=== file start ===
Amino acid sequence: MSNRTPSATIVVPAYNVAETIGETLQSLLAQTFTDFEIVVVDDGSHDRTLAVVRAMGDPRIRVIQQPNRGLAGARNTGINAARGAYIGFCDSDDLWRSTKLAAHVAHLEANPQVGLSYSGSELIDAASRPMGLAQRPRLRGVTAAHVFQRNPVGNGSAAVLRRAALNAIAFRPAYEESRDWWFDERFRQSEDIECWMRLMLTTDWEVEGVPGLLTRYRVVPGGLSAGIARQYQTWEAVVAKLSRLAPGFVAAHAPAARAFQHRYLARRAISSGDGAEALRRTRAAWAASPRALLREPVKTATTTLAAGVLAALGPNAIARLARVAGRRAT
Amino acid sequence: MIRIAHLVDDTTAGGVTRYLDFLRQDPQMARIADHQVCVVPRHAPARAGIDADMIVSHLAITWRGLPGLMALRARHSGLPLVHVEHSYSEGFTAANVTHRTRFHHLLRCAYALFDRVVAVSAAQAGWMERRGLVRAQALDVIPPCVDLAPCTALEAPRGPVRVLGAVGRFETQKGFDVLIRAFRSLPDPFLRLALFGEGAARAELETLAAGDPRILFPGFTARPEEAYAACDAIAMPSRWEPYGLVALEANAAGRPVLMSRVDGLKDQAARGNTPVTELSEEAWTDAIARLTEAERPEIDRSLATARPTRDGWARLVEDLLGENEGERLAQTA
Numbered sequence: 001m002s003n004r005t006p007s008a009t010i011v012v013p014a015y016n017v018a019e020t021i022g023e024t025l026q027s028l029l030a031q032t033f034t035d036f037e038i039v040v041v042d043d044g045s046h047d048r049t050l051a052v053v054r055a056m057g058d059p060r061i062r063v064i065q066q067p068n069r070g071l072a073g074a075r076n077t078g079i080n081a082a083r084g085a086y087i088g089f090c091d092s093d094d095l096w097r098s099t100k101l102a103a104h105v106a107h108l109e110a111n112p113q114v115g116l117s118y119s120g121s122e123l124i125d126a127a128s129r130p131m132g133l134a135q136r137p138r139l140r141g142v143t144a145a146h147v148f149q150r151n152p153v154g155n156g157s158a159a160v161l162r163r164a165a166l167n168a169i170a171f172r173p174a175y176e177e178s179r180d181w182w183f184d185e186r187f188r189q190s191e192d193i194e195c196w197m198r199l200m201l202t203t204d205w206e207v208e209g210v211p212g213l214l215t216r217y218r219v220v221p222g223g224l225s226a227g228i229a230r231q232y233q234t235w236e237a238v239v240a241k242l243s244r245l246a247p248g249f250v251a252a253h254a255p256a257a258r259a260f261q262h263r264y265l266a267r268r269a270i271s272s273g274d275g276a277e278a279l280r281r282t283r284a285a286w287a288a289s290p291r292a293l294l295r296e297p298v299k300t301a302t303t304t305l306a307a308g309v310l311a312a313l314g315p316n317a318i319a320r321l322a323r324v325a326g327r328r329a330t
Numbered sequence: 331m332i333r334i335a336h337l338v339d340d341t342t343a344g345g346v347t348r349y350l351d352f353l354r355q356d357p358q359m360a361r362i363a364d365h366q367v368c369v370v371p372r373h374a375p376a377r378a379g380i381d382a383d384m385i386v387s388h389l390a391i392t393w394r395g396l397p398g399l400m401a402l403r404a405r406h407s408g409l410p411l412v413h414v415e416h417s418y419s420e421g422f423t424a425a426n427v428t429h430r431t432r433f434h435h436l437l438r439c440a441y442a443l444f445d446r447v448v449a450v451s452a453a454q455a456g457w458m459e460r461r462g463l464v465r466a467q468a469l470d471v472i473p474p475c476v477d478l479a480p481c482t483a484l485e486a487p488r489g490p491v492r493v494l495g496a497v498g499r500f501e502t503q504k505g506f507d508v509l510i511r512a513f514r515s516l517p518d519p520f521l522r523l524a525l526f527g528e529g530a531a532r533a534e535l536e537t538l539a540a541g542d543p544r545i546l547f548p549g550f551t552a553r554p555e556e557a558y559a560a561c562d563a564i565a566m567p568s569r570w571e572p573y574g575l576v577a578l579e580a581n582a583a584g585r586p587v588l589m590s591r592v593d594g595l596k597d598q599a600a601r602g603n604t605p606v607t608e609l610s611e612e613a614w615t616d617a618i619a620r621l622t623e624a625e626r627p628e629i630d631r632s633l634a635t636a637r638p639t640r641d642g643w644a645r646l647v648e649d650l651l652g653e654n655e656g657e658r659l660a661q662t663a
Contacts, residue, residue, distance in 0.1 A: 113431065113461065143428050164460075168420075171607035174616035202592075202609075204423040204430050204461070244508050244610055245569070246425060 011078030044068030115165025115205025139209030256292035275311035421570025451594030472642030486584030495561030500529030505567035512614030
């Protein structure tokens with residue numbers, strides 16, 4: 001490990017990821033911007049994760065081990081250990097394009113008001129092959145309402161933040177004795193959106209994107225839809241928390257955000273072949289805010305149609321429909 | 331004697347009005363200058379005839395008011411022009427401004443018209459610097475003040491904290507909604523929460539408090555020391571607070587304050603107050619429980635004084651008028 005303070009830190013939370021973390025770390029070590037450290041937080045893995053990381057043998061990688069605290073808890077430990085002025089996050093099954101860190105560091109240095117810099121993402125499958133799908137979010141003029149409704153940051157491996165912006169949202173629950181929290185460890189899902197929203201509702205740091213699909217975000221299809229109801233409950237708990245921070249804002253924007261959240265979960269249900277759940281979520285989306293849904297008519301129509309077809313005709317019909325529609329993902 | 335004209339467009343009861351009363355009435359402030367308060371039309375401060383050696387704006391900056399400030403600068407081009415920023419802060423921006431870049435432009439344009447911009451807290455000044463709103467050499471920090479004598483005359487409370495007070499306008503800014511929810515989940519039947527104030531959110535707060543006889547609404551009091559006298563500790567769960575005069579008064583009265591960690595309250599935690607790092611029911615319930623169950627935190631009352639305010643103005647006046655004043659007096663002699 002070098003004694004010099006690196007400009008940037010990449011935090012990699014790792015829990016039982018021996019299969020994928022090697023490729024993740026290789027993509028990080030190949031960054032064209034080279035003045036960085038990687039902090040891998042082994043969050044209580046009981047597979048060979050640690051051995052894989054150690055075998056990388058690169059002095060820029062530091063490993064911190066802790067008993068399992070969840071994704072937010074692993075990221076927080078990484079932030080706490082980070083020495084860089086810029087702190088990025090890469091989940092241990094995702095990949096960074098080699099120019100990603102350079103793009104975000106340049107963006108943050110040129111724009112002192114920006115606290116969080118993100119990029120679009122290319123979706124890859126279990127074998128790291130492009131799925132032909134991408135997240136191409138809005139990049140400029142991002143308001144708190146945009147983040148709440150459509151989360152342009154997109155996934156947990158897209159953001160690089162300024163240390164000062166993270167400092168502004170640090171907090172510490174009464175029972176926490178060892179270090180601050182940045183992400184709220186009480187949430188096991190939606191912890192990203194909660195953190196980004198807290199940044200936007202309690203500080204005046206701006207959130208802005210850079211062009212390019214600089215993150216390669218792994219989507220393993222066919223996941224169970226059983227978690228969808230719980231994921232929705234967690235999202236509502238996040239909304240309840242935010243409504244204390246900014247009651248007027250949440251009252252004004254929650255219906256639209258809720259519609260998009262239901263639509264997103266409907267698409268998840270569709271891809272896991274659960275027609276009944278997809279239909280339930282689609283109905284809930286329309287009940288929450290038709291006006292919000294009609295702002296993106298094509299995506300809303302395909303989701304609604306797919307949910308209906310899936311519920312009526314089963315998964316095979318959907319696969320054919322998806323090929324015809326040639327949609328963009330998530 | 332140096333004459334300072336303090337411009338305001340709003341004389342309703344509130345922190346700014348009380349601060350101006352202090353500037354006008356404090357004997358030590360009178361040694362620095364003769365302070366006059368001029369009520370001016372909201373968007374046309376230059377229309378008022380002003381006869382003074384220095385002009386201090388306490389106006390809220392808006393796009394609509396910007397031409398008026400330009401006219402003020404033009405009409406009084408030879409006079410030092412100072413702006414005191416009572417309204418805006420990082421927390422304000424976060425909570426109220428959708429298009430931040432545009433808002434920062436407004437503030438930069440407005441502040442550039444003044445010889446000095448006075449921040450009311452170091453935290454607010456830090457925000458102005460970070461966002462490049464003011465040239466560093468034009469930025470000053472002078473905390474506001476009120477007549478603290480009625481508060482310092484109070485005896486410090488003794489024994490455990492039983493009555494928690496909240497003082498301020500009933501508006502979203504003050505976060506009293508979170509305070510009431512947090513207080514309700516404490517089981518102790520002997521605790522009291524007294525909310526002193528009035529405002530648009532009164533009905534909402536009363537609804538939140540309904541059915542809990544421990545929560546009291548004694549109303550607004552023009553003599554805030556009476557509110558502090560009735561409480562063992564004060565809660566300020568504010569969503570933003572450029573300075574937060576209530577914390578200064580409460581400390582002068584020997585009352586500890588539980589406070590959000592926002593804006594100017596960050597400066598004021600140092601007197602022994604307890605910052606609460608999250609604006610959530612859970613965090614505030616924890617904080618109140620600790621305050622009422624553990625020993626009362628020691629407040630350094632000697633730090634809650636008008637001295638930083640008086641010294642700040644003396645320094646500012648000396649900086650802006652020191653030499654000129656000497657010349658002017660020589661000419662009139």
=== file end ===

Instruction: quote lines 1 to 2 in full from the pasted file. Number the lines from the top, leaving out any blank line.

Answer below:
Amino acid sequence: MSNRTPSATIVVPAYNVAETIGETLQSLLAQTFTDFEIVVVDDGSHDRTLAVVRAMGDPRIRVIQQPNRGLAGARNTGINAARGAYIGFCDSDDLWRSTKLAAHVAHLEANPQVGLSYSGSELIDAASRPMGLAQRPRLRGVTAAHVFQRNPVGNGSAAVLRRAALNAIAFRPAYEESRDWWFDERFRQSEDIECWMRLMLTTDWEVEGVPGLLTRYRVVPGGLSAGIARQYQTWEAVVAKLSRLAPGFVAAHAPAARAFQHRYLARRAISSGDGAEALRRTRAAWAASPRALLREPVKTATTTLAAGVLAALGPNAIARLARVAGRRAT
Amino acid sequence: MIRIAHLVDDTTAGGVTRYLDFLRQDPQMARIADHQVCVVPRHAPARAGIDADMIVSHLAITWRGLPGLMALRARHSGLPLVHVEHSYSEGFTAANVTHRTRFHHLLRCAYALFDRVVAVSAAQAGWMERRGLVRAQALDVIPPCVDLAPCTALEAPRGPVRVLGAVGRFETQKGFDVLIRAFRSLPDPFLRLALFGEGAARAELETLAAGDPRILFPGFTARPEEAYAACDAIAMPSRWEPYGLVALEANAAGRPVLMSRVDGLKDQAARGNTPVTELSEEAWTDAIARLTEAERPEIDRSLATARPTRDGWARLVEDLLGENEGERLAQTA